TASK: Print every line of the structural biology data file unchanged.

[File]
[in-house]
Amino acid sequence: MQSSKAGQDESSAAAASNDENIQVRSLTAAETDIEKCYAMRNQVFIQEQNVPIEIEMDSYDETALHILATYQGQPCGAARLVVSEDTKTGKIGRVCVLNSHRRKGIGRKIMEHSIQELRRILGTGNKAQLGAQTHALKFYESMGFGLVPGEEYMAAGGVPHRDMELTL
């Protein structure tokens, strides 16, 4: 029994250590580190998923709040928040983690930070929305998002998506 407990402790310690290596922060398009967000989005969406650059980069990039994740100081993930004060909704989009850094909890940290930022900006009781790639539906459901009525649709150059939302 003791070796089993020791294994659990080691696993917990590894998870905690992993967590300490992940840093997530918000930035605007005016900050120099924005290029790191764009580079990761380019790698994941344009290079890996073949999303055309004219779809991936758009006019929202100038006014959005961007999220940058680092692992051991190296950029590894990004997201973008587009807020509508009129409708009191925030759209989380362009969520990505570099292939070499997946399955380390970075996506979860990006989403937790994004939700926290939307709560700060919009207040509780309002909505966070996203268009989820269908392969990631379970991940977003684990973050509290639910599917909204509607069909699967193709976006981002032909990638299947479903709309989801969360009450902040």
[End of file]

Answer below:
[in-house]
Amino acid sequence: MQSSKAGQDESSAAAASNDENIQVRSLTAAETDIEKCYAMRNQVFIQEQNVPIEIEMDSYDETALHILATYQGQPCGAARLVVSEDTKTGKIGRVCVLNSHRRKGIGRKIMEHSIQELRRILGTGNKAQLGAQTHALKFYESMGFGLVPGEEYMAAGGVPHRDMELTL
């Protein structure tokens, strides 16, 4: 029994250590580190998923709040928040983690930070929305998002998506 407990402790310690290596922060398009967000989005969406650059980069990039994740100081993930004060909704989009850094909890940290930022900006009781790639539906459901009525649709150059939302 003791070796089993020791294994659990080691696993917990590894998870905690992993967590300490992940840093997530918000930035605007005016900050120099924005290029790191764009580079990761380019790698994941344009290079890996073949999303055309004219779809991936758009006019929202100038006014959005961007999220940058680092692992051991190296950029590894990004997201973008587009807020509508009129409708009191925030759209989380362009969520990505570099292939070499997946399955380390970075996506979860990006989403937790994004939700926290939307709560700060919009207040509780309002909505966070996203268009989820269908392969990631379970991940977003684990973050509290639910599917909204509607069909699967193709976006981002032909990638299947479903709309989801969360009450902040």